Here's a fantastic use of in-store media by Ikea to bring the reality of the Syrian crisis home to those enveloped in the comforts of the West—indeed, those right in the middle of shopping for those very comforts.
Everyone is familiar with the showrooms in your typical Ikea. But one room in Ikea Slependen, the retailer's flagship store in Norway, was quite unexpected. It's a replica of a real Syrian home—25 square meters of cinder block walls and meager furnishings.
Ikea posters and price tags in the space tell the story of a typical Syrian family's plight, including the lack of food, medicine and clean water. The price tags also serve as donation slips, as the stunt is a fundraising effort with the Red Cross, created by ad agency POL.
The home is a replica of an actual residence in Damascus, as the video below explains.
"Having visited Rana and learned how she and her family survive outside Damascus, we wanted to rebuild her home as truthfully as we could," POL art director Snorre Martinsen tells AdFreak. "It would have been easier to just put up wallpaper, but it wouldn't have felt the same. People who had fled war themselves have told us, 'This is how it feels.' 'I remember this.' "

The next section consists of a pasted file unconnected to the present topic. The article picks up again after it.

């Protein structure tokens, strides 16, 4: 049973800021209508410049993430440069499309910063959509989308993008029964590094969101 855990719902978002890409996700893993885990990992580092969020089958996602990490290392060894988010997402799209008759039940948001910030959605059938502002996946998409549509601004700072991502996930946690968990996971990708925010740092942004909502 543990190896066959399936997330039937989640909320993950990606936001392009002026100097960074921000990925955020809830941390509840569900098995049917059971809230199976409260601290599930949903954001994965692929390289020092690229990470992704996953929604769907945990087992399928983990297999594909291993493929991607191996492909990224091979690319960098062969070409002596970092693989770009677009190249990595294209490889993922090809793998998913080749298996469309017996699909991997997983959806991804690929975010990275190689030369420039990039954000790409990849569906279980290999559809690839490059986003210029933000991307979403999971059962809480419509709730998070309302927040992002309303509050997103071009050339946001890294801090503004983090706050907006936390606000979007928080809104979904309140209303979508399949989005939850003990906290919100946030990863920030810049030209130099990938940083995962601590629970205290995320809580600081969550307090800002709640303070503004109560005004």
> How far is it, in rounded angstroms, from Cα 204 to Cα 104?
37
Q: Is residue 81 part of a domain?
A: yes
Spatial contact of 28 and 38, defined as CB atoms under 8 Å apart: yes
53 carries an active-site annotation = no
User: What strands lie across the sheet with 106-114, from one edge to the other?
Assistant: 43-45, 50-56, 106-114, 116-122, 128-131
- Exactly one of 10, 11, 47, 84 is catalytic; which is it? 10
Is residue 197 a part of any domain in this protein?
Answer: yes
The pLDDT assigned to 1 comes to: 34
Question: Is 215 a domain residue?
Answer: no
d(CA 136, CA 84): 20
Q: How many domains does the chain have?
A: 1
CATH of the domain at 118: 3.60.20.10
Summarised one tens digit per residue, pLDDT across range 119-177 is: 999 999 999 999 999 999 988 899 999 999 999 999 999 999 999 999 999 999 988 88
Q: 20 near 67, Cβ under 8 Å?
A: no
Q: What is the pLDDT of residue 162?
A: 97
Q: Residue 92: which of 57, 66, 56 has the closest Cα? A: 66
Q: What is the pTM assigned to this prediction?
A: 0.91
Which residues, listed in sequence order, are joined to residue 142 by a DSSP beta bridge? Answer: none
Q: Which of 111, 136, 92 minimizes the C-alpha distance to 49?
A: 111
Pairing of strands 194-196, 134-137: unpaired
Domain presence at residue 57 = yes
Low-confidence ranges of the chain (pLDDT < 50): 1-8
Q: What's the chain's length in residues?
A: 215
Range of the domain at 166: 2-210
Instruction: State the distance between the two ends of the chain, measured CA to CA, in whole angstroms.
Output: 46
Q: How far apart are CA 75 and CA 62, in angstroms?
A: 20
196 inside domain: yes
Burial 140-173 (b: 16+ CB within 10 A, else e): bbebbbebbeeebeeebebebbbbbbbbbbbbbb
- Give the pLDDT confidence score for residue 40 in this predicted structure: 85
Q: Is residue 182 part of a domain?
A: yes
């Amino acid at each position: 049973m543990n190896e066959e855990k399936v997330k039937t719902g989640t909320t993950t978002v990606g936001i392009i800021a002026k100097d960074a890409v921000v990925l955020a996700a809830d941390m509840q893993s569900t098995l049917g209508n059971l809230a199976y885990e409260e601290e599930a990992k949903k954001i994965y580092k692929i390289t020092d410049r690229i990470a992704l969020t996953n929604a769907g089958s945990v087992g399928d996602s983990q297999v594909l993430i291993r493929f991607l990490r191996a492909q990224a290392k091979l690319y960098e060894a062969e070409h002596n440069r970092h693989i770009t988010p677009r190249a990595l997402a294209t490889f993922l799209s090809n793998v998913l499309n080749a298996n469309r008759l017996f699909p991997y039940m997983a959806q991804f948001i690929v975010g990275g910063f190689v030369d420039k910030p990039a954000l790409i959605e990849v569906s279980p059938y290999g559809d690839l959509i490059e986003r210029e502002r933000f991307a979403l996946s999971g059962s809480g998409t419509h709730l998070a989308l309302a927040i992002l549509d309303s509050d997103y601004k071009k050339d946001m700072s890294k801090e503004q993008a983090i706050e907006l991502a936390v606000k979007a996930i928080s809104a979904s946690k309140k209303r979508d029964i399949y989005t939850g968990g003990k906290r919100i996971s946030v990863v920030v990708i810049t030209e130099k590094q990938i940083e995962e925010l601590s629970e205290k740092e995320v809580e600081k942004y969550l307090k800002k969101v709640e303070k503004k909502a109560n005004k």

The installation was live from Oct. 17-31. It was seen by some 40,000 visitors weekly, and the campaign raised some 22 million euros for the Red Cross' efforts in Syria.
"We already had a lot of footage from within Syria, but no matter how emotional it was, nothing got close to the experience of visiting people in a war zone," says Martinsen. "We realized we could give Norwegians that experience. Placing a Syrian home next to all the Scandinavian homes was obviously a brave move from the warehouse, but it made it clearer than any TV commercial how crucial it is to donate and help."
Clients: NRK TV-aksjonen, Ikea Norway and Norwegian Red Cross
Agency: POL – pol.oslo.no
Copywriter: Maja Folgerö
Art Director: Snorre Martinsen
Designers: Andrea Engum, Christian Lauritzen, Ole Jakob Böe Skattum
Account Manager: Ina Egelandsdal
Account Director: Monika Augustsson